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Mar 18, 2013

…First item reviewed: Mayan Land Rights

One of the first items for review was over Mayan land rights. On August seventh 1998, a petition was presented by the Indian Law Resource Center and the Toledo Maya Cultural Council against Belize stating that the government is responsible for violating rights under the American Declaration of the Rights and Duties of Man. The Supreme Court’s Judgment of 2007 and 2010 were also mentioned.  Belize argued its position but the committee has news for the Government of Belize in regards to the argument posed by them for not enforcing the judgment made by both the Inter-American Commission and the Belize Supreme Court.


“The indigenous Mayan communities of the Toledo District Belize face irreparable damages to their traditional lands, livelihood and culture due to the persistent failure of Belize to demarcate and entitle Maya lands and its ongoing issuance of leases for oil, logging and hydro electric concessions over those lands. The Inter-American Commission on Human Rights filed a report in 2004 recommending Belize delimit, demarcate entitled Mayan lands and abstain from acts that could affect value used or enjoyment of those lands. Other international mechanisms and special procedures are also involved. The government ignored recommendations of the Inter-American Commission on Human Rights and continued granting oil, logging and hydro electric concessions, leases and grants of Mayan lands causing significant damage. The Supreme Court of Belize issued landmark judgments reinforcing the report of the Inter-American Commission on Human Rights and ordered Belize to delimit, demarcate entitled Mayan land and to abstain from anything that could interfered with Mayan land; that’s in 2007 and in 2010. There is no affirmative measures taken to implement and enforce Supreme’s Court decision; the feud of Belize is that the recommendations are not legally binding because they have not acceded to the American Convention; they will not implement the recommendations of the Inter-American Commission and that also goes for the Human Rights Committee because the feud of the Human Rights Committee are not binding and the concluding observations but they forget that the treaty of which we are a part of, is binding on them. So I want to ask and urge the state party to implement not only the provisions of the International Covenant on Civil and Political Rights but also to help the people to enjoy their human rights, all the rights and enshrined in the treaty.”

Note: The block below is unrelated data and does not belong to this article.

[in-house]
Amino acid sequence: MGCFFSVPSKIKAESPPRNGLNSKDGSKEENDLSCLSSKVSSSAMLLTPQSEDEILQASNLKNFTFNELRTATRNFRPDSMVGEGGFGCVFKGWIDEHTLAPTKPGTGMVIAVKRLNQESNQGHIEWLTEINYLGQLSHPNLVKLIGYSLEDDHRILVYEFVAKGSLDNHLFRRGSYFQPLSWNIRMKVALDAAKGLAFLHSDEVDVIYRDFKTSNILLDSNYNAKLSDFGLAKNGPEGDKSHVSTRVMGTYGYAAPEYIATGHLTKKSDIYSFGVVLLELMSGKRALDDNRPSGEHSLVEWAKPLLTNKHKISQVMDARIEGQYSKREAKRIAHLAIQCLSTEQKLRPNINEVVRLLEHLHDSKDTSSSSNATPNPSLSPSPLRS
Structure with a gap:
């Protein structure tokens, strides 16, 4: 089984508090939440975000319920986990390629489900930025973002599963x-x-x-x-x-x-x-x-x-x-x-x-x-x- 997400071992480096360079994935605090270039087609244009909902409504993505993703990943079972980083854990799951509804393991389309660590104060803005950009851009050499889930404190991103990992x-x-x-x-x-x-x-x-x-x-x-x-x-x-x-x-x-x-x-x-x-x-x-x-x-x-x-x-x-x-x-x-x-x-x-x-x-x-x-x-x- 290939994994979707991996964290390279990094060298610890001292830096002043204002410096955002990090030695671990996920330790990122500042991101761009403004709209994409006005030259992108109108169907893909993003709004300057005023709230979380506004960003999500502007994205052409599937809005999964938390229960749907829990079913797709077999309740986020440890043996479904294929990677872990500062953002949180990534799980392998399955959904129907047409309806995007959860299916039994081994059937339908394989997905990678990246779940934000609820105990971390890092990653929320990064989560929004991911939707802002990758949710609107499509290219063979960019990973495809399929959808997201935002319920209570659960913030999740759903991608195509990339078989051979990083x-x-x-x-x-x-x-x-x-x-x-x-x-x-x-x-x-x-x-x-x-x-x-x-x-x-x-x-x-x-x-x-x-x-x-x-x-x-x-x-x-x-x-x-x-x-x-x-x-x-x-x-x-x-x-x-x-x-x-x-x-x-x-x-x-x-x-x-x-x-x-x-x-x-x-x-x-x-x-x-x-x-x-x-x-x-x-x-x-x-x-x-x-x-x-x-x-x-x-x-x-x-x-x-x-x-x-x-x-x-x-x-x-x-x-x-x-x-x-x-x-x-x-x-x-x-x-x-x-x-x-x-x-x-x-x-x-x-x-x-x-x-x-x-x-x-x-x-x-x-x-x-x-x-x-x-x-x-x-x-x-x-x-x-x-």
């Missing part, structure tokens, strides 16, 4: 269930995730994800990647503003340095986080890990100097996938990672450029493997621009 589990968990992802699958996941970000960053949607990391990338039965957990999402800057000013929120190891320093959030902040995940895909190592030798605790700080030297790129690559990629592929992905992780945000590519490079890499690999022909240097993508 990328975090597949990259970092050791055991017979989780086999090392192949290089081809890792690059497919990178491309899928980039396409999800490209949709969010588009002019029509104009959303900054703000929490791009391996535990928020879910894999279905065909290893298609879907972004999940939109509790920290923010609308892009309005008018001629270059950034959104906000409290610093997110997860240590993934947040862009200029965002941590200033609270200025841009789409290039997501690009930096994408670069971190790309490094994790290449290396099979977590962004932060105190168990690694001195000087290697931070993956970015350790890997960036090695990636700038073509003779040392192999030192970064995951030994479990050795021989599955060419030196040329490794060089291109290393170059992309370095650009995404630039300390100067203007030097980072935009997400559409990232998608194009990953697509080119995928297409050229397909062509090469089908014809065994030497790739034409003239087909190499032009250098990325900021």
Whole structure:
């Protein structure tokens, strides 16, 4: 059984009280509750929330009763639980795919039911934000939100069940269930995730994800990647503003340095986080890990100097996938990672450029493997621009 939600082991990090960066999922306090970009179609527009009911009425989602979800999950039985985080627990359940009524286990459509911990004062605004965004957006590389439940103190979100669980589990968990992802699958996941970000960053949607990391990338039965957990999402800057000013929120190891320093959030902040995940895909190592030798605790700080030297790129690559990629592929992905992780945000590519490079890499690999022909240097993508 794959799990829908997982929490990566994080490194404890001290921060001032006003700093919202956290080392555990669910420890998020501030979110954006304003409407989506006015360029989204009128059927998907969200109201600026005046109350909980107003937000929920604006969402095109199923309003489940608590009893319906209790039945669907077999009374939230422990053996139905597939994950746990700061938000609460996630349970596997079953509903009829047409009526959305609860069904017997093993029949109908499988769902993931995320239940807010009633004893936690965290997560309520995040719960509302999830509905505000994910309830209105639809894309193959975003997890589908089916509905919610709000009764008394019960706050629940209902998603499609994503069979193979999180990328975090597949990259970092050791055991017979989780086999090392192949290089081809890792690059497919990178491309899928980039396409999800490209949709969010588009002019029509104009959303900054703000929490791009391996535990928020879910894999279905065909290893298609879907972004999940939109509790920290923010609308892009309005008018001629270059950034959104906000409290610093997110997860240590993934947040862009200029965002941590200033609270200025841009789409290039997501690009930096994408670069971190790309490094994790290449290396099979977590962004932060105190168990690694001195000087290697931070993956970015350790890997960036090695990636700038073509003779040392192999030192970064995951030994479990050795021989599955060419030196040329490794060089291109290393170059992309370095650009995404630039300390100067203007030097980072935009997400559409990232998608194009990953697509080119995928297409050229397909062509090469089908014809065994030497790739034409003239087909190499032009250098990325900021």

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1 Response for “…First item reviewed: Mayan Land Rights”

  1. Bear says:

    I’m not Mayan, but I am sympathetic to oppressed people everywhere, and the need to correct the wrongs of the past.

    It is immoral for GOB to ignore the issue and Mayan rights, even while PM Barrow lets his DPM Vega rape the countryside by organizing systematic poaching of hardwood, not to mention the issues regarding the oil concessions and hydroelectric projects.

    Are we a nation of law or of outlaws?

    I would support Mayans organizing to patrol their lands and making citizens arrests, as provided in our law, of the people who are breaking the law on their lands, no matter who those criminals are.

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